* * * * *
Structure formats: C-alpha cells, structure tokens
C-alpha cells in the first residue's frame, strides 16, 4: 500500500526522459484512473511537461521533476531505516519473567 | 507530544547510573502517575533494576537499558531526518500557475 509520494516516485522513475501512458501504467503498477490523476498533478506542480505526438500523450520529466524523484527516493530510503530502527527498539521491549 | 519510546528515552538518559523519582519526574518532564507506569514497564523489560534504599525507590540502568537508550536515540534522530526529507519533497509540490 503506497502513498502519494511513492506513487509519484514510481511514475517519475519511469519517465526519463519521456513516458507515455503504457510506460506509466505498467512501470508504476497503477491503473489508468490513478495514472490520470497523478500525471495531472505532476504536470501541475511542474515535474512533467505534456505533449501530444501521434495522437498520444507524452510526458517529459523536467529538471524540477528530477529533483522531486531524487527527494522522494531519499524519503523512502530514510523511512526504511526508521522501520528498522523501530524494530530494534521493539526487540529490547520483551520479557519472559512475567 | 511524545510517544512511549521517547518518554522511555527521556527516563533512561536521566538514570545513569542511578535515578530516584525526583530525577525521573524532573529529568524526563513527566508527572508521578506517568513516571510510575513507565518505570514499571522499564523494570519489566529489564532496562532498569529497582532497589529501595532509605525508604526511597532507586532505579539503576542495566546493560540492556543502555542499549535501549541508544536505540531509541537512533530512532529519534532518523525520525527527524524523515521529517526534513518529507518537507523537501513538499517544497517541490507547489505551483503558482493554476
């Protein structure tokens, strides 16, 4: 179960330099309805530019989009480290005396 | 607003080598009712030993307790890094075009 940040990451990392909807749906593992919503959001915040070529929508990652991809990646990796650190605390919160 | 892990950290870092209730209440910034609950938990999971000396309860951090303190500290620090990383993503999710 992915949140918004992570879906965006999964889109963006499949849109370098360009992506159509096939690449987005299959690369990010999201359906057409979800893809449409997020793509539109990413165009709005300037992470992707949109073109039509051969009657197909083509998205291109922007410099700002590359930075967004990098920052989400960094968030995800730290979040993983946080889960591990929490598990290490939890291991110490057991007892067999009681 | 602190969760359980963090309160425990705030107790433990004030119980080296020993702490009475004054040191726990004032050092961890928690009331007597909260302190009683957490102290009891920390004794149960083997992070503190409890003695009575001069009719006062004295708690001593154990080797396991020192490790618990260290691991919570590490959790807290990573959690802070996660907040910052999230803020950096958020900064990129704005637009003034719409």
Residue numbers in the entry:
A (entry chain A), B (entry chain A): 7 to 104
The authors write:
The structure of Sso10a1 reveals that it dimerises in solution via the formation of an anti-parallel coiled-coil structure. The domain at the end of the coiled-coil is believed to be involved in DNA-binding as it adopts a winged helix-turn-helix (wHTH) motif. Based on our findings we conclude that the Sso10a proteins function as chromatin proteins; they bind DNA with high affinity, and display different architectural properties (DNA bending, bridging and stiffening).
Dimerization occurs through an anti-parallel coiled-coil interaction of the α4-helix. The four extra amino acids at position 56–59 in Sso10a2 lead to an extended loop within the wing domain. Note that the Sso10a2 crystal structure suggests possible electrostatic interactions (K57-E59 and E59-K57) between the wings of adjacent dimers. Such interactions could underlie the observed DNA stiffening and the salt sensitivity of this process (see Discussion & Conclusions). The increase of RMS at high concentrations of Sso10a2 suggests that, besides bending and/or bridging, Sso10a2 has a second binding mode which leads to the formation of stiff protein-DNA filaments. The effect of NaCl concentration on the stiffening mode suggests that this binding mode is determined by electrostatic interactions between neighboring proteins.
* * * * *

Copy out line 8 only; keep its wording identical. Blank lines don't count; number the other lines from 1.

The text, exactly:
Dimerization occurs through an anti-parallel coiled-coil interaction of the α4-helix. The four extra amino acids at position 56–59 in Sso10a2 lead to an extended loop within the wing domain. Note that the Sso10a2 crystal structure suggests possible electrostatic interactions (K57-E59 and E59-K57) between the wings of adjacent dimers. Such interactions could underlie the observed DNA stiffening and the salt sensitivity of this process (see Discussion & Conclusions). The increase of RMS at high concentrations of Sso10a2 suggests that, besides bending and/or bridging, Sso10a2 has a second binding mode which leads to the formation of stiff protein-DNA filaments. The effect of NaCl concentration on the stiffening mode suggests that this binding mode is determined by electrostatic interactions between neighboring proteins.